Cambodian student enrollment in higher education increases every year. Unfortunately, a large number of young Cambodians from rural areas and low socio-economic backgrounds remain under-represented. A significant reason for their low participation is closely associated with the geographic locations of higher education institutions (HEIs). Today, well over 90% of HEIs in Cambodia are concentrated in the capital or provincial cities. This deprives thousands of high school graduates of their right to enrol in tertiary education and has created an enormous disparity between the rural and urban people.
Widening access for poor/rural students is essential to ensure a more socially acceptable balance among the various socio-economic groups within Cambodian society. The creation of a non-university sector should help Cambodia expand access for those people. It is less expensive than regular university education due to the shorter length of the study programs. Thus it can provide access cost-effectively. Cambodia can also reap other benefits from this sector (see my last post.)
An important question to ask is where these non-university institutions should be built. In many countries, the decisions about the location of the non-university institutions seem to be based on a range of factors. In British Columbia (Canada), the selection of the site for the establishment of two-year colleges was proposed to be dependent, among other things, on the total population of the area targeted and the size of the student pool within and around the location concerned. In Poland, the main reason involved an attempt to “revive” disadvantaged regions (Macukow & Witkowski, 2001). Vietnam decided to set up many community colleges in the Mekong River Delta because the education network there was less developed in comparison with other regions despite its large population (Dang & Nguyen, 2009).
Cambodia should make decisions about the location of such facilities very carefully to ensure maximum benefits for the Cambodian society and so that young people in the rural areas have an opportunity to attend post-secondary education. So yes, that is right. They should be built in the provinces where most disadvantaged students reside.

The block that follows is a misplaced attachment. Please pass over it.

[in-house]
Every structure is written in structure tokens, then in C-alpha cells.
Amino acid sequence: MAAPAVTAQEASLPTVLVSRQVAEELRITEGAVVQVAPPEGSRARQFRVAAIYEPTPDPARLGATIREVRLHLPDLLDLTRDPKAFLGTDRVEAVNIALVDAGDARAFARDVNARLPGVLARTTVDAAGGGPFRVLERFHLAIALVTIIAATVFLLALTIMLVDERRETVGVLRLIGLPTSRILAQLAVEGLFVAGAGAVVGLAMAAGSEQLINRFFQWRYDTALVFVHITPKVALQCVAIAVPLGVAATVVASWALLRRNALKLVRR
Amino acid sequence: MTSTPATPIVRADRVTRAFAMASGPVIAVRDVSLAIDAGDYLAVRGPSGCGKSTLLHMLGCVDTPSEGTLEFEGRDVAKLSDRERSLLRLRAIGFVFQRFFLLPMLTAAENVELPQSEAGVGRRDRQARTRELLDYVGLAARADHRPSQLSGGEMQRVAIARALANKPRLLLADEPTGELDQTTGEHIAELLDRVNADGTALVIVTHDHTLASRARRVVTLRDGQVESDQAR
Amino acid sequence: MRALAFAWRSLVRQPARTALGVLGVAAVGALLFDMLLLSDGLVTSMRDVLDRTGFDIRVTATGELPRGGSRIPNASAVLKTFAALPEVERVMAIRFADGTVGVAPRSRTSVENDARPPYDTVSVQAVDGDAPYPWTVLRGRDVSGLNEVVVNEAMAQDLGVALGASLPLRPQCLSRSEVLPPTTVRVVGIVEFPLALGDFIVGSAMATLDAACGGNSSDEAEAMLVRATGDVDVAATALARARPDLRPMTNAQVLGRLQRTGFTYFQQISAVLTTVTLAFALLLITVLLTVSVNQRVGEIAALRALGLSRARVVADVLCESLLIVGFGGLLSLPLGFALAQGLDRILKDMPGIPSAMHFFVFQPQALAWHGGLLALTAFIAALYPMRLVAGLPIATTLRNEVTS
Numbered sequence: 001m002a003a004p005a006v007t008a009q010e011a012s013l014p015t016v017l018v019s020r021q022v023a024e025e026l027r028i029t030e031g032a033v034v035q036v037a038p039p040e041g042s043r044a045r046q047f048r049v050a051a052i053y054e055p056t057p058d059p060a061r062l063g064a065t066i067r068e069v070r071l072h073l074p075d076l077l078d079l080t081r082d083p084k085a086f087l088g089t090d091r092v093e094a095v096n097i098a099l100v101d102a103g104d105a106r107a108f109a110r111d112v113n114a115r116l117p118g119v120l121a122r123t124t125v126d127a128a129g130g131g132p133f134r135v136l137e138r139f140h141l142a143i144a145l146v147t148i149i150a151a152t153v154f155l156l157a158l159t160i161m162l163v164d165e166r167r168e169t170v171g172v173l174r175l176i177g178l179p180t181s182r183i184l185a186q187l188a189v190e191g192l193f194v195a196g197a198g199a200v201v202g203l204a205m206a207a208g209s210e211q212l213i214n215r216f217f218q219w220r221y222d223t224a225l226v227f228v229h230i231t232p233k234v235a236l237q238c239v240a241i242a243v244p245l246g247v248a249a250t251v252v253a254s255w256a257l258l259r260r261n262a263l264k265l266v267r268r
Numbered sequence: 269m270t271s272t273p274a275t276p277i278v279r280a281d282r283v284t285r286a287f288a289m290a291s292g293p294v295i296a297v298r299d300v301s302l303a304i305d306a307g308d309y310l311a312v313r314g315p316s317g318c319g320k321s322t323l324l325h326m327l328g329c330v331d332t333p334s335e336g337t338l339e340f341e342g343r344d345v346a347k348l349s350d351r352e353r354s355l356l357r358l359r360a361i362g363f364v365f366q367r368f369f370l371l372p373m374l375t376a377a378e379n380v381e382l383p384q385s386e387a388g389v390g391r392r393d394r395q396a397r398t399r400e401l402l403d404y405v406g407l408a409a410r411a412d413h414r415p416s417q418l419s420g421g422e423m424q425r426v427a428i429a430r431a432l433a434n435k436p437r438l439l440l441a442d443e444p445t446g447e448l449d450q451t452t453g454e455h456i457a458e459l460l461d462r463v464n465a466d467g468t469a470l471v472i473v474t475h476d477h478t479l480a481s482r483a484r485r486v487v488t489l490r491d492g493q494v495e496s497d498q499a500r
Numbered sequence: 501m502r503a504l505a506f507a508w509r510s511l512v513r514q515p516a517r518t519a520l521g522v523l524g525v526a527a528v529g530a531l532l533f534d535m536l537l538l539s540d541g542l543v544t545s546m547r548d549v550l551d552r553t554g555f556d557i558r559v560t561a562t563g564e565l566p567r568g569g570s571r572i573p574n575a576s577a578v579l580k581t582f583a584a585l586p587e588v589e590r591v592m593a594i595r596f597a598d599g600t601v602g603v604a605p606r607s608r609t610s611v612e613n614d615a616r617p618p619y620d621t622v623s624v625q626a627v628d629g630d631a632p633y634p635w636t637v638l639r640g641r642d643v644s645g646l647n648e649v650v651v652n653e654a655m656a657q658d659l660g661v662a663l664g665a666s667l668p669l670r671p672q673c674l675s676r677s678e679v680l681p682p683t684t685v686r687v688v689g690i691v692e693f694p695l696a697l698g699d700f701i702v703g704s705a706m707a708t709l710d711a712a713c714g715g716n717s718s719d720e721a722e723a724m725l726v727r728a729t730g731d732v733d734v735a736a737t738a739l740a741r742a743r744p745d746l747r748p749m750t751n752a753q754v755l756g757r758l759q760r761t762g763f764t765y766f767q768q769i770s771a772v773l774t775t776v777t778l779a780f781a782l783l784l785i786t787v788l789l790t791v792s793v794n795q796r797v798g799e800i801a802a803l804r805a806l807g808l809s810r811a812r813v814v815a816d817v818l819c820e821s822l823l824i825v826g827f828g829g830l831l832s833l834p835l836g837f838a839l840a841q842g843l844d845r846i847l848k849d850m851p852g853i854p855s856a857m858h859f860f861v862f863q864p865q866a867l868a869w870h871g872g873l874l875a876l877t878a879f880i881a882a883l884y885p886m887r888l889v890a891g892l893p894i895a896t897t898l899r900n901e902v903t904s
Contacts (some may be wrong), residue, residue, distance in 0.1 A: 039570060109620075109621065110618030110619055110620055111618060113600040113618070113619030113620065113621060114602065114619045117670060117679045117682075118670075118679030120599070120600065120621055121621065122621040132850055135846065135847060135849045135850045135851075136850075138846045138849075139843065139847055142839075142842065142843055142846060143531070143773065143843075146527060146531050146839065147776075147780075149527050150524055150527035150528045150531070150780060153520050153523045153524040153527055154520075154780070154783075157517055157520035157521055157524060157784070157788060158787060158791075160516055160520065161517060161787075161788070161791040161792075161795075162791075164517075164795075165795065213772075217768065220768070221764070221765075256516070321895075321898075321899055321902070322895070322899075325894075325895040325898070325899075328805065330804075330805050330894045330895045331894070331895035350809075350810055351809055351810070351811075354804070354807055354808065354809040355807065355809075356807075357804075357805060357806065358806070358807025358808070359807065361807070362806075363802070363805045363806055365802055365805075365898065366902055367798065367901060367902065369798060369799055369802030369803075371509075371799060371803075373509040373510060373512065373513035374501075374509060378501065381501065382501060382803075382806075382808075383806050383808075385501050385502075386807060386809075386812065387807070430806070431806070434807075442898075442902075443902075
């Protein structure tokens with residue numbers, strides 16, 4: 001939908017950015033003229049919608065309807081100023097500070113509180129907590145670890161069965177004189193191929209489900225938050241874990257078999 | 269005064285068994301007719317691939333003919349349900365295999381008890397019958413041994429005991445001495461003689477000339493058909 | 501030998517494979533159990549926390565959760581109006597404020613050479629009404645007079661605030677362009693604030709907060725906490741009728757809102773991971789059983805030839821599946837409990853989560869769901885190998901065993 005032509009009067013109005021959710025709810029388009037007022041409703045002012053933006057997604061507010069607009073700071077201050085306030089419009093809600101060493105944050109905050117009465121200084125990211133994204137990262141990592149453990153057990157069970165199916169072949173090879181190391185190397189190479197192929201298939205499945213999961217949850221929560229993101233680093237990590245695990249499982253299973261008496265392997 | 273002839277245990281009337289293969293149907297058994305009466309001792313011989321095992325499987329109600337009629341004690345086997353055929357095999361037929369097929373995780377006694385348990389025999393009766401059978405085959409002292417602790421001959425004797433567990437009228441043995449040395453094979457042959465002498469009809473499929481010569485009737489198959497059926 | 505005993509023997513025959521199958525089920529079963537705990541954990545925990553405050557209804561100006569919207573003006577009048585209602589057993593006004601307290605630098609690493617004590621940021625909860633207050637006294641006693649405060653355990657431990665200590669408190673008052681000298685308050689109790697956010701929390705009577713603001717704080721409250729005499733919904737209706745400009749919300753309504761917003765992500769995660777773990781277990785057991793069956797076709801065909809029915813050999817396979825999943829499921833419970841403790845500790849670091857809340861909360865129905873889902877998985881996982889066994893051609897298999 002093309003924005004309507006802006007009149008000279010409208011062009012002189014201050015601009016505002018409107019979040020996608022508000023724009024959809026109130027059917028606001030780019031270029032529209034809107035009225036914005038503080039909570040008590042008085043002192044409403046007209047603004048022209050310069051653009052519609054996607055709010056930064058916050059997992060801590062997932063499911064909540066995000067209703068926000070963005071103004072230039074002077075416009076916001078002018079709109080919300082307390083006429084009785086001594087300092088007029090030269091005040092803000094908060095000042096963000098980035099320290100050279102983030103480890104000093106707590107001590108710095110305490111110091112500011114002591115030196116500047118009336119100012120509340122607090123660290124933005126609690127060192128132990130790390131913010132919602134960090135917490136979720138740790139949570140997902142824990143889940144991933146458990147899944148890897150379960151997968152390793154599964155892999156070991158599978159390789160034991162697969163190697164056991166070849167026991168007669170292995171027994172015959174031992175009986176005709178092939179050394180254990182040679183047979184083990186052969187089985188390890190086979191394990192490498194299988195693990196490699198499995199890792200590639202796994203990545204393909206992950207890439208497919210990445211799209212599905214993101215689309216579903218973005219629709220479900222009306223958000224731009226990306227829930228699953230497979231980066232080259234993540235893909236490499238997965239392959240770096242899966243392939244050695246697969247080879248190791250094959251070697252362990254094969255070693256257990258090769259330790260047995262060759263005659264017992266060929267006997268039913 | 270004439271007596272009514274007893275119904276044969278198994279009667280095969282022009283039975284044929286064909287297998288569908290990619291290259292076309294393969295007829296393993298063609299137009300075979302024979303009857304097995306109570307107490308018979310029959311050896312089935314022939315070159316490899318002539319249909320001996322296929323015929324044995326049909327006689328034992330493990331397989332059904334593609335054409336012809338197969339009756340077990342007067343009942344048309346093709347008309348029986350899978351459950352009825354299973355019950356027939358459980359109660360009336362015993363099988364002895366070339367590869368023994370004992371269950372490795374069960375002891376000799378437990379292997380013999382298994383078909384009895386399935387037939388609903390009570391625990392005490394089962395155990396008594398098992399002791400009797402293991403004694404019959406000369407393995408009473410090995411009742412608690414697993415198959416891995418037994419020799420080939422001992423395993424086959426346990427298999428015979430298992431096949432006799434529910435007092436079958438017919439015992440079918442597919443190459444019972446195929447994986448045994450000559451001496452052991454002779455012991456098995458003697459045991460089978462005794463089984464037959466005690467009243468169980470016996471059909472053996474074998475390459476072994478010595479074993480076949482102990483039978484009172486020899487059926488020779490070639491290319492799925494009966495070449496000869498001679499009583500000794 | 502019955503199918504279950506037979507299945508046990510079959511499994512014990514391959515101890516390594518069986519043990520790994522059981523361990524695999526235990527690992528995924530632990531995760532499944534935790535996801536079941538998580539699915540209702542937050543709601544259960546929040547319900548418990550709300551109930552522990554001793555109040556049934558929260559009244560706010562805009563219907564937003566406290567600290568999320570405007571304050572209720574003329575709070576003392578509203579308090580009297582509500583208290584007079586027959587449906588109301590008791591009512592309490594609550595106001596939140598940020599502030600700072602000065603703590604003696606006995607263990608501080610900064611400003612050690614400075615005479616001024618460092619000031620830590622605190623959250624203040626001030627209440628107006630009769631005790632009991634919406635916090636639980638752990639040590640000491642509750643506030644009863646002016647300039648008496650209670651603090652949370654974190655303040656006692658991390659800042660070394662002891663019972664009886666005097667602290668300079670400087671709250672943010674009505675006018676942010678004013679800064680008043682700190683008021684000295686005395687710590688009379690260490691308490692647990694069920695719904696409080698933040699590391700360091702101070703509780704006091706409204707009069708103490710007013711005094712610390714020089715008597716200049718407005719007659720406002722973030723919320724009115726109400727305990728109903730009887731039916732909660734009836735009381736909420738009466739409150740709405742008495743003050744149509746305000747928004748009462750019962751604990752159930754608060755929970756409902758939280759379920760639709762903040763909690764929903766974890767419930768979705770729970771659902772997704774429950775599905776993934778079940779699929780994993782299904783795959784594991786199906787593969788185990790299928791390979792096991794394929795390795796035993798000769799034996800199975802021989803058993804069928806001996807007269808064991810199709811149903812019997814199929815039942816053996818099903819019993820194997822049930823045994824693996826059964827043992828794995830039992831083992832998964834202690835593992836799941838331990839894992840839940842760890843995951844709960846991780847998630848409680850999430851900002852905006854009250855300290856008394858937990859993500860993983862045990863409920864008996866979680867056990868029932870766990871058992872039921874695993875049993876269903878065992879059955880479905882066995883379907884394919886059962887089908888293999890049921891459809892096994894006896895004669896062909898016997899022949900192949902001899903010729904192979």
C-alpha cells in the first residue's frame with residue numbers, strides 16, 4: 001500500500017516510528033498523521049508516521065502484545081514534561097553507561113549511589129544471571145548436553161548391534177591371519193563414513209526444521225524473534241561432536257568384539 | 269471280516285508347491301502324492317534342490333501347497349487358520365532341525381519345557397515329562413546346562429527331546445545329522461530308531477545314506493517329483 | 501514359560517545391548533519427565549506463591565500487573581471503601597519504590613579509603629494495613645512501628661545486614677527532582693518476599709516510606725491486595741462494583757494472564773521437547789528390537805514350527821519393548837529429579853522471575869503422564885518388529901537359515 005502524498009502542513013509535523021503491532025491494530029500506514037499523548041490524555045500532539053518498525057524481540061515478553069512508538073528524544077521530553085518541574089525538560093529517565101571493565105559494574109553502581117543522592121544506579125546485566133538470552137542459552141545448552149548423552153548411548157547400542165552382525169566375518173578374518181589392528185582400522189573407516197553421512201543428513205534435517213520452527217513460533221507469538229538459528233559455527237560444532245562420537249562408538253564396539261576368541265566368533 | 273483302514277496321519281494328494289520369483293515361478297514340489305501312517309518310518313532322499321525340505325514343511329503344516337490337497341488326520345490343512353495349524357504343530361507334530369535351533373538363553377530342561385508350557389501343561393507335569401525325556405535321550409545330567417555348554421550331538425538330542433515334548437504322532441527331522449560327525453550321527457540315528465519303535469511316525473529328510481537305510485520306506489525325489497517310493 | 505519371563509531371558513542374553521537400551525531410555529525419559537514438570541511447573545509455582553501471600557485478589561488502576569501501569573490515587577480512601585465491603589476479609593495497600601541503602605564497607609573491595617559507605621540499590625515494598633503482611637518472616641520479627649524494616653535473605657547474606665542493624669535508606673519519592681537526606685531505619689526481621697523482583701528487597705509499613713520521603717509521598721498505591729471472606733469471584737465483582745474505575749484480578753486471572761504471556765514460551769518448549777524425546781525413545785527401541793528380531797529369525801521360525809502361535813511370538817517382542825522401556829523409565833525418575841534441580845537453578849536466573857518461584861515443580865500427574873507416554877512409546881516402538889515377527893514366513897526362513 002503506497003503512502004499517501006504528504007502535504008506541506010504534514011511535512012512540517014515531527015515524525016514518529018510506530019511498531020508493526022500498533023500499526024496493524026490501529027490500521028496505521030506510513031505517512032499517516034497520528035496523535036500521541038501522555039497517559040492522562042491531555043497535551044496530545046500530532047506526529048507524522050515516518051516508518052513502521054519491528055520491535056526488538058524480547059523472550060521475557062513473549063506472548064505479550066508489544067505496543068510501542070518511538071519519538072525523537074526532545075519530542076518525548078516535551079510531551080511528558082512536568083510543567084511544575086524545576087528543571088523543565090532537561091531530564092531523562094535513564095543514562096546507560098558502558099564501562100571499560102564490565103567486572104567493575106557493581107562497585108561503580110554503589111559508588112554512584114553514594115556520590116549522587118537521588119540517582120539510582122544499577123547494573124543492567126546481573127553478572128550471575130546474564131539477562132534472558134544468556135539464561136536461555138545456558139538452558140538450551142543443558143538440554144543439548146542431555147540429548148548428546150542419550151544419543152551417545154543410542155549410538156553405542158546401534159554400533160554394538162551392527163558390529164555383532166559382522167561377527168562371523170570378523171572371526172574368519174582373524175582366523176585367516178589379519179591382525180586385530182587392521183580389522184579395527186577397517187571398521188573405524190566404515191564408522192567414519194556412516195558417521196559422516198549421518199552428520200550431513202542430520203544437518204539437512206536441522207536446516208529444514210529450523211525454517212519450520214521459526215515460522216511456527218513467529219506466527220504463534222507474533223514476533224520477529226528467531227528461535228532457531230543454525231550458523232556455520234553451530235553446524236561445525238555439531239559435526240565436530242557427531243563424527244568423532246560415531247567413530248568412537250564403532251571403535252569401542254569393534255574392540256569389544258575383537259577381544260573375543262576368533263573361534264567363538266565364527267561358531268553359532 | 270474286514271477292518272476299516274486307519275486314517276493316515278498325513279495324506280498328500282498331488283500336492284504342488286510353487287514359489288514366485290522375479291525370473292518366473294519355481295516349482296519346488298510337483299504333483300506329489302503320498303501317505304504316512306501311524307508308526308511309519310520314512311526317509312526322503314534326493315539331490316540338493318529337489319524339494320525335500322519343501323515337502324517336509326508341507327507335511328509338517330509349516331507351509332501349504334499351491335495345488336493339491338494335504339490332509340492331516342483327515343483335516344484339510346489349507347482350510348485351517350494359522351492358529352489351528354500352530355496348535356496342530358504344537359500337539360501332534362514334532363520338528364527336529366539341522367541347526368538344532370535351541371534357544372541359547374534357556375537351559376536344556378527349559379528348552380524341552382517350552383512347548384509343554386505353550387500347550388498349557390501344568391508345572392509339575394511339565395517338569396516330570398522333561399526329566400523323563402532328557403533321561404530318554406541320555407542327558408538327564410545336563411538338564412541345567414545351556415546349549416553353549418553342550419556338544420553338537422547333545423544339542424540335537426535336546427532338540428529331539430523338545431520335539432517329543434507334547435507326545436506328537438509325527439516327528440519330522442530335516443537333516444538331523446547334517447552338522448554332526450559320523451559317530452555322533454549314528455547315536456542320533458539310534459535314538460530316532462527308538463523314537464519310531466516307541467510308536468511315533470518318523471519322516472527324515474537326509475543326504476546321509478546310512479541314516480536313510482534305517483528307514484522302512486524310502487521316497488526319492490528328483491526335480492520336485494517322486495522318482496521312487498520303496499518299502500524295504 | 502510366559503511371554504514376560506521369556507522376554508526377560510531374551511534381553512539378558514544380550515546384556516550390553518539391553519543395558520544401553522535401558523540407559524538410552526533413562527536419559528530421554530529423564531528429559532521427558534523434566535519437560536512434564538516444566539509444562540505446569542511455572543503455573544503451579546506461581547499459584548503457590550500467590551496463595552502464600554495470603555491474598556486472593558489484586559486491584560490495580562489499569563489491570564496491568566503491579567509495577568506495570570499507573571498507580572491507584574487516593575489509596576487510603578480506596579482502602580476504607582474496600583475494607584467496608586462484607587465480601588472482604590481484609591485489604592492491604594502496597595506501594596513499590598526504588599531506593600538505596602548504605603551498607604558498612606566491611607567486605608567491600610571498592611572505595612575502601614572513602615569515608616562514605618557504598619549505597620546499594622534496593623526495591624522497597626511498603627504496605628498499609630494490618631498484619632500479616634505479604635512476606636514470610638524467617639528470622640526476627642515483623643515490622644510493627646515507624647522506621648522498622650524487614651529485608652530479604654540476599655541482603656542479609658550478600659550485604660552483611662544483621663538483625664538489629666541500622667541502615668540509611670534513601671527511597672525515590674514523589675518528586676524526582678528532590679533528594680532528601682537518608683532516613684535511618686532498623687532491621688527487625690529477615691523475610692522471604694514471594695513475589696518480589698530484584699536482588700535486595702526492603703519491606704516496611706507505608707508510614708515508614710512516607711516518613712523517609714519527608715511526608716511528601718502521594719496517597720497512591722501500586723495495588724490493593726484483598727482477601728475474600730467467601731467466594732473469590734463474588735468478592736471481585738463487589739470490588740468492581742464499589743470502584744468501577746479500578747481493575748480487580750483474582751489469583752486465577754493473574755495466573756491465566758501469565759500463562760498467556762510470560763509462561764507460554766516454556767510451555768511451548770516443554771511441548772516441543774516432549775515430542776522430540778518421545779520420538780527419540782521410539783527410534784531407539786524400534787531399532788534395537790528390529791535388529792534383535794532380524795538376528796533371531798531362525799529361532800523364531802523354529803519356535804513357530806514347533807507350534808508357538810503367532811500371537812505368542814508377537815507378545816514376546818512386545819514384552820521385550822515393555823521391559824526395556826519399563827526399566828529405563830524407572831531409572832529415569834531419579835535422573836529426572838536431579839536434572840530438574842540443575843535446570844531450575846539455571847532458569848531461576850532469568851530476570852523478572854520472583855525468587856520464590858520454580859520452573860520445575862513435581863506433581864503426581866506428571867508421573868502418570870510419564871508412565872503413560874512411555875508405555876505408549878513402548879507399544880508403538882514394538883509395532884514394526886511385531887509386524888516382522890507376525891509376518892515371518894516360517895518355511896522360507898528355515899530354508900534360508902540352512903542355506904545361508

I suggest the government set up a coordinated body to identify locations for non-university institutions that best serve the country. Also, the agency should be tasked to conduct needs assessments, identify gaps in the existing training programs, plan relevant programs, and discuss strategies and measures regarding enrolment, issues of management and operation, possible partnership, and the ways and levels of integrating existing training centres into the non-university sector. This national body can help Cambodia to avoid redundancy, or overlap, in responsibilities and functions within the higher education sector. And since a central purpose of the possible development of non-university institutions is to promote education access in remote/rural areas or provinces, their participation in the policy dialogues and the implementation process would be vital.
Macukow, B., & Witkowski, M. (2001). Non-university sector of higher education closer to the labour market: The polish experience. European Journal of Engineering Education, 26(3), 241-246. doi:10.1080/03043790110054391
Dang, B. L., & Nguyen, H.V. (2009). The development of the community college model in Vietnam at the time of the country‘s reorganisation and international integration. In R. L. Raby & E.J. Valeau (Eds.), Community college models: Globalization and higher education reform (pp. 91-116). New York: Springer.